The best pure value right now is IXG: Global Financials. The fact that these are global is a partial hedge against the continuing weakness of the US dollar. Prefer IXG over IYG.
Other sectors providing opportunity are HHH (Internet HOLDrs) and IIH (Internet infrastructure), both of which continue to show improving balance sheets and cash flows despite hitting 6 multi-month lows. More values can be found in some country ETFs, especially those of Brazil (EWZ), South Korea (EWY) and Taiwan (EWT).
To keep myself honest (full disclosure, accountability, etc.) I'll conclude with what I consider a good (IMHO) portfolio allocation. I expect to improve it over time, but this would be my approximate best choice right now. This portfolio is pretty aggressive. The main themes of this portfolio are:
You should underweight stock vs bond for a more conservative mix.
- Value emphasis
- Small cap emphasis: avoiding the market-weighted trap
- Diversification, avoid concentration at all costs
- Keep an eye on yield, get it where you can
- Only buy low cost instruments
- Pick "best of breed" in every area
- In the next ~50 years the world should catch up with the US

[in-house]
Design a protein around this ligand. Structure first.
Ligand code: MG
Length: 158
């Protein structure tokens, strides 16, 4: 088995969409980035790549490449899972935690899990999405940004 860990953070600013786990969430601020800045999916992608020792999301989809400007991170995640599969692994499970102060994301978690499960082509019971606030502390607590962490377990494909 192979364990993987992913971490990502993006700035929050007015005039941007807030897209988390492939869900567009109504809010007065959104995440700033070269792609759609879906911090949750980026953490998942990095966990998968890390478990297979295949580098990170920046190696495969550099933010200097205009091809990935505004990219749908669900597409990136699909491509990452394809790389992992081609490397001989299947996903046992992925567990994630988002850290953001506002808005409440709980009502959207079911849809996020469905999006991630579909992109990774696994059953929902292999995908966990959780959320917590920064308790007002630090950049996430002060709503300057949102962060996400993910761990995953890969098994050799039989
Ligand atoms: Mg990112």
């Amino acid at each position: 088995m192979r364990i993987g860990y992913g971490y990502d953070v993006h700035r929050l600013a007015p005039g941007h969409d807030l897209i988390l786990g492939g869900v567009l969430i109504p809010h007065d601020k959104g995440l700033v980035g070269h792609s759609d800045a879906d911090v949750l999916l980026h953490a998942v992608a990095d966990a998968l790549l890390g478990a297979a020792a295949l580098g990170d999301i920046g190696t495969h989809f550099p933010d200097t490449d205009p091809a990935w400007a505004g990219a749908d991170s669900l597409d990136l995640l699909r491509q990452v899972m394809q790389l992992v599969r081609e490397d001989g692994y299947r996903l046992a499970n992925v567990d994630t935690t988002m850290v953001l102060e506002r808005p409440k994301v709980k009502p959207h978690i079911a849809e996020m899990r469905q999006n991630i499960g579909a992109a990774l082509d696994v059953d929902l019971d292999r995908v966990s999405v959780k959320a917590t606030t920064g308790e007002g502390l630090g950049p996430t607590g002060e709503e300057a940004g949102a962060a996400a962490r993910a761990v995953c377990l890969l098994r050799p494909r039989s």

- Inability to time markets or pick individual stocks
- Focus on data, never on hunches and gut feelings
- Risk and return always go hand in hand, never overlook the risk part
My model protfolio[Note: This is very dated material! For more current portfolios and strategies you should read current columns]
US stocks (about 12% each line) IWD or JKF Large Cap Value (US) IWS Mid Cap Value (US) IWN Small Cap Value (US) Non US stocks (about 10% each line) EFV Developed country (non US) stock (EAFE) / Value Half ADRD World Stock: Developed markets VWO or ADRE World Stock: Emerging markets High dividend (about 10%) PID or DEW or CVY Dividend focus with international diversification Fixed income (about 10%) AGG High Quality Bond Mixture (Lehman Aggregate) Cash for flexibility/opportunity (about 4%) CASH Always keep some cash for new opportunities Current best & solid opportunity (narrow sector, about 6%) IXG Opportunistic, best overall-value + low beta (Oct 2006) Other more risky opportunities (narrow sector, < 2% each) IIH Best value/growth story (Oct 2006) but risky IGE Natural resources, low correlation to others, volatile IEO or PXJ Oil & Gas Exploration, low correlation to others, but very volatile